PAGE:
Over the next 10 years, the rise of automation will continue to farm out a lot of the hands-on work to robots while Gen Zers find their place in the new economy, which has been expanding since before they were born.

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“The shift from industry and services to an information economy is a trend that will only intensify in the coming decade,” said Sean Doherty, general manager of Box Genie and a business professional with experience in both the consumer and b2b markets. “Many voices in the space would stress a focus on STEM and technical fields of expertise to be well-positioned in the future job market. This point is not to be ignored as artificial intelligence, blockchain and new technologies integrate more into our work as well as personal lives.”

Today’s parents shouldn’t scare their kids into thinking that robots are coming for their jobs. Instead, the message should be one of optimism — with automated systems doing the hard work and menial tasks, they’ll be free to pursue entrepreneurial endeavors based on their passions.

“Children and young students today should focus on their personal interests to develop a skill set that they can later sell on the market,” Doherty said. “Creative and diverse work will only become more abundant in the information economy as mundane technical processes and even analytical work are outsourced to artificially intelligent systems. Developing personal interests into professional skills will incentivize success.”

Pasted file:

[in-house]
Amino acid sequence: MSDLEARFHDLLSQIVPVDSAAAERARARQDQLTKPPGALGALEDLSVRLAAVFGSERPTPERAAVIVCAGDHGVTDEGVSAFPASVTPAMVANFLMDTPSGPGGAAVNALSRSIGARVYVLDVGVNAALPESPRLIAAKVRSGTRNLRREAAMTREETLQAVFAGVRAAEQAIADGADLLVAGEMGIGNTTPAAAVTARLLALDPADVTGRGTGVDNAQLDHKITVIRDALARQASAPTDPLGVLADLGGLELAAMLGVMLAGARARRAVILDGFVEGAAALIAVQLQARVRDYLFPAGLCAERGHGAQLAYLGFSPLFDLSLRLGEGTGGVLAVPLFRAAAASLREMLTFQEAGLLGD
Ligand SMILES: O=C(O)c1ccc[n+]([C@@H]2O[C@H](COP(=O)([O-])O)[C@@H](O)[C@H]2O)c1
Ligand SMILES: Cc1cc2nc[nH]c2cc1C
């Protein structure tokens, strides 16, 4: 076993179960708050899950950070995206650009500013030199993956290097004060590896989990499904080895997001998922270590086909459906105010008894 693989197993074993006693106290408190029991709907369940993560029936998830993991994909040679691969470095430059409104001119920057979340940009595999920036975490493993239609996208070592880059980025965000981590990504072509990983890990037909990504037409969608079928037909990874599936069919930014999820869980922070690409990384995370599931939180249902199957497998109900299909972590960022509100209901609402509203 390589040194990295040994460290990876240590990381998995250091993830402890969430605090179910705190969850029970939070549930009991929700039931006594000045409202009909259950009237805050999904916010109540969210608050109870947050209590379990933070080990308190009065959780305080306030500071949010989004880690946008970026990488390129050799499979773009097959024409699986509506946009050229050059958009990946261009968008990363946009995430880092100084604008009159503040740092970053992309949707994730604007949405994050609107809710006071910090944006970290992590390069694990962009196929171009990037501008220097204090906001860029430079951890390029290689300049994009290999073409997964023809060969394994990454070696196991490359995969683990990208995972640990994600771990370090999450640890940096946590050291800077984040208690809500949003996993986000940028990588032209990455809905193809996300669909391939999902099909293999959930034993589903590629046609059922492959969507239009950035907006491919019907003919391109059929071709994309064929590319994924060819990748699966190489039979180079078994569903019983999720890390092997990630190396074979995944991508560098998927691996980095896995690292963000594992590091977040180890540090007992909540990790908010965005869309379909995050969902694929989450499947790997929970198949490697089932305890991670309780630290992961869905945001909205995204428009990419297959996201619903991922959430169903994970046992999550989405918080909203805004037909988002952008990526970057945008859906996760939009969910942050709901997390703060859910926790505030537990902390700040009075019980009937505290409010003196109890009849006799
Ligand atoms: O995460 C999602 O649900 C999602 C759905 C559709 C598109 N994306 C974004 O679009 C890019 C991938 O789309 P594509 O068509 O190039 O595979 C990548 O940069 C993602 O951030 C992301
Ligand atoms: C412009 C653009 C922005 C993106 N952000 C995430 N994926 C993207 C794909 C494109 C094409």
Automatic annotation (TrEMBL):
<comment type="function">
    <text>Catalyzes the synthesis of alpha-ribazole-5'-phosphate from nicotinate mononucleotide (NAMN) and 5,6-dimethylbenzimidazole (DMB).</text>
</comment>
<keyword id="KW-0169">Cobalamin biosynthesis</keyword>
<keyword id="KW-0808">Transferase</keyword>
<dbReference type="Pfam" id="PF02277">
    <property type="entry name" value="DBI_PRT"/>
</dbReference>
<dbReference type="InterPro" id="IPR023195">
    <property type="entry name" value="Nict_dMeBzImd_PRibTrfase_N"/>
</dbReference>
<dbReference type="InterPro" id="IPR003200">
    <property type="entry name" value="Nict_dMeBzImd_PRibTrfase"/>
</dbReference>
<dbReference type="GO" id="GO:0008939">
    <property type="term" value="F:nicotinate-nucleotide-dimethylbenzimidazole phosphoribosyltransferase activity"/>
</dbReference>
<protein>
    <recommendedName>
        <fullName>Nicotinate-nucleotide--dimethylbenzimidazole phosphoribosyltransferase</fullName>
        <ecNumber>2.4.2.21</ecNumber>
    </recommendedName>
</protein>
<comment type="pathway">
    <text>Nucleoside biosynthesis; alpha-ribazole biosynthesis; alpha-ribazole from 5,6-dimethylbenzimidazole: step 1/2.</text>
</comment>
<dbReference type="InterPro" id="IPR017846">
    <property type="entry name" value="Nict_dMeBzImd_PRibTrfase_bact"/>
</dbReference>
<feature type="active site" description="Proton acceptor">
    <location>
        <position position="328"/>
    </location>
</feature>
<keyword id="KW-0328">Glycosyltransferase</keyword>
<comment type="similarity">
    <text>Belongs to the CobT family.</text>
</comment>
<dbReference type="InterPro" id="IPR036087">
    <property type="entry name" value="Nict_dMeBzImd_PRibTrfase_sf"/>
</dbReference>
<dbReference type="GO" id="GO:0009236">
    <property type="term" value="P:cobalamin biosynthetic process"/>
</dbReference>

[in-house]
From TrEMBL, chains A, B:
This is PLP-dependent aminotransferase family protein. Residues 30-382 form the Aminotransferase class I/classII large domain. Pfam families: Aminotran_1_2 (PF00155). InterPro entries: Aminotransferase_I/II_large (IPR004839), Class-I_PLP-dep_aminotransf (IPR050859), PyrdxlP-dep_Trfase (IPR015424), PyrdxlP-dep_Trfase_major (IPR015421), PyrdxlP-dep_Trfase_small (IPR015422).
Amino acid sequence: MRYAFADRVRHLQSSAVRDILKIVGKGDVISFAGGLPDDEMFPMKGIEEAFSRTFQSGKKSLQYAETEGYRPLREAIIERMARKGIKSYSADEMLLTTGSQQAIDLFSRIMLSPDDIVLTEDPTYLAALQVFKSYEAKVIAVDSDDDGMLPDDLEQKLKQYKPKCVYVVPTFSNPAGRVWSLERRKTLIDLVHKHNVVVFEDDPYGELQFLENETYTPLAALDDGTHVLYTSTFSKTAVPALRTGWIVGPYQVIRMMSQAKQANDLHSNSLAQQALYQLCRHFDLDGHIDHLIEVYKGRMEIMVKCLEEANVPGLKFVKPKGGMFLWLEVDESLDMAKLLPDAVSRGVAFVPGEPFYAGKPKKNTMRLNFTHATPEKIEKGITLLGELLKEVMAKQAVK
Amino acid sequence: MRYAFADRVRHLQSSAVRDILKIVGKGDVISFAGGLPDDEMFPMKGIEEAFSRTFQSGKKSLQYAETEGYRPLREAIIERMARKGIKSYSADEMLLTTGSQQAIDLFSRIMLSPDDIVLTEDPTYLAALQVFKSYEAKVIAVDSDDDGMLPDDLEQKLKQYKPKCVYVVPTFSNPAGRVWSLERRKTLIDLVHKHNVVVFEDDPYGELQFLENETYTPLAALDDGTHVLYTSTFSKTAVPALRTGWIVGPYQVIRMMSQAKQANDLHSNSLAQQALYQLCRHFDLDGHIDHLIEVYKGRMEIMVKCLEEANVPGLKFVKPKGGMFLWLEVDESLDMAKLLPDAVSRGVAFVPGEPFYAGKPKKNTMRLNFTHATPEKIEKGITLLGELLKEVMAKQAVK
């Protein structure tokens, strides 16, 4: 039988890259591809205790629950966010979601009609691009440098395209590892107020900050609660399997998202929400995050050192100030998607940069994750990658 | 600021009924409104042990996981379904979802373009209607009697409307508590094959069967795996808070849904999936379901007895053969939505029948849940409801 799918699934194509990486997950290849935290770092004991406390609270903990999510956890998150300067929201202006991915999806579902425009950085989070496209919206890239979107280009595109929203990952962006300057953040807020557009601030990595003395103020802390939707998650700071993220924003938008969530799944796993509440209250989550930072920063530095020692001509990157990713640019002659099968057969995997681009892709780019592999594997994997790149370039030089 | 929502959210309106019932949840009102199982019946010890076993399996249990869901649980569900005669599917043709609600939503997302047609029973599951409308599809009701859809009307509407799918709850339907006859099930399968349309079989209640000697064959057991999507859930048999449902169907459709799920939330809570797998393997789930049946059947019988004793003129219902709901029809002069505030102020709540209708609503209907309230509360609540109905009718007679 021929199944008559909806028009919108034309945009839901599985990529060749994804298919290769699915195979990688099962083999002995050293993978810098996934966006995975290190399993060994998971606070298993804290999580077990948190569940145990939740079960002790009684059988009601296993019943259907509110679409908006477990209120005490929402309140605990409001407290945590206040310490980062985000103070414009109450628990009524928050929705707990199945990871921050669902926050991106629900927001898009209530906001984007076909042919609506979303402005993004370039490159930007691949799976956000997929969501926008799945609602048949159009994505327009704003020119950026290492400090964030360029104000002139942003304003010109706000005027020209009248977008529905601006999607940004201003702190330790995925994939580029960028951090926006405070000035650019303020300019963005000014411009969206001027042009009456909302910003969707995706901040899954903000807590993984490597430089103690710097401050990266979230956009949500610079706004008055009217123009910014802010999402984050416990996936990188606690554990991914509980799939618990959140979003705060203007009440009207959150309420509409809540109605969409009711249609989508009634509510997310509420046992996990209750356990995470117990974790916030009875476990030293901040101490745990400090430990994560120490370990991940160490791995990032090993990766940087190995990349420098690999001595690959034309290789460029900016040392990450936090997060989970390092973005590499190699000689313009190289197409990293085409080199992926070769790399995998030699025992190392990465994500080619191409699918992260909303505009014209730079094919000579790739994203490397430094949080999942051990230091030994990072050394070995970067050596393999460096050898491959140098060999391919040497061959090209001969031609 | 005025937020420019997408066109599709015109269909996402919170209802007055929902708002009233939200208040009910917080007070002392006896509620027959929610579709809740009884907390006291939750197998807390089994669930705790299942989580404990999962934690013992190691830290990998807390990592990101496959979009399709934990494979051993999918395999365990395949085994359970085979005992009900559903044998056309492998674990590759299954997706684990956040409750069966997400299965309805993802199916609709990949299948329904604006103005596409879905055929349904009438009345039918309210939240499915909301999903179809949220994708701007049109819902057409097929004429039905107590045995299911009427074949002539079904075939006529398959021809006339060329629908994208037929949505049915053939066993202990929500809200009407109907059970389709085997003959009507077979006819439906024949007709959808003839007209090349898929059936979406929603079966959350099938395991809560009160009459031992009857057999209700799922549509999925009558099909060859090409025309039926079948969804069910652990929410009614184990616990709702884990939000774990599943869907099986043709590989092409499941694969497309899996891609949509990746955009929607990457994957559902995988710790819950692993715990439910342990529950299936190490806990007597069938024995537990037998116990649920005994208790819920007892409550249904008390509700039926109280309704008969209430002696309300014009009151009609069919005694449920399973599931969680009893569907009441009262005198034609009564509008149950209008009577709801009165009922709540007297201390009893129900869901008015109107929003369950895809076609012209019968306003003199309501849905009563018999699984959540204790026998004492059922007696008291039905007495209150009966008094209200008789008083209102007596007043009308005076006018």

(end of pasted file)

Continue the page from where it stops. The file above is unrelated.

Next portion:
Building a Brand and Managing It Will Be the Key to Professional Networking

With robots toiling away at yesterday’s manufacturing jobs, Gen Zers will have to network and self-sell their way into the information economy.

“Three things parents can begin to do now to help prepare Gen Z for the future job market are helping them learn how to authentically connect with others, learn what their unique value proposition is and learn how to manage their personal brand,” said TED speaker and career development expert Michelle Enjoli. “Networking will always be crucial to obtaining new career opportunities, especially in a rapidly changing business environment that will require the ability to pivot often. When a child understands what value they bring to the world through their talents and passions, this can help guide them in exploring the right career paths for them. As digital natives, personal branding for Gen Z can begin at a very early stage with social media, so helping them understand the importance of their behavior online and offline is crucial.”

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About the Author

Andrew Lisa has been writing professionally since 2001. An award-winning writer, Andrew was formerly one of the youngest nationally distributed columnists for the largest newspaper syndicate in the country, the Gannett News Service. He worked as the business section editor for amNewYork, the most widely distributed newspaper in Manhattan, and worked as a copy editor for TheStreet.com, a financial publication in the heart of Wall Street's investment community in New York City.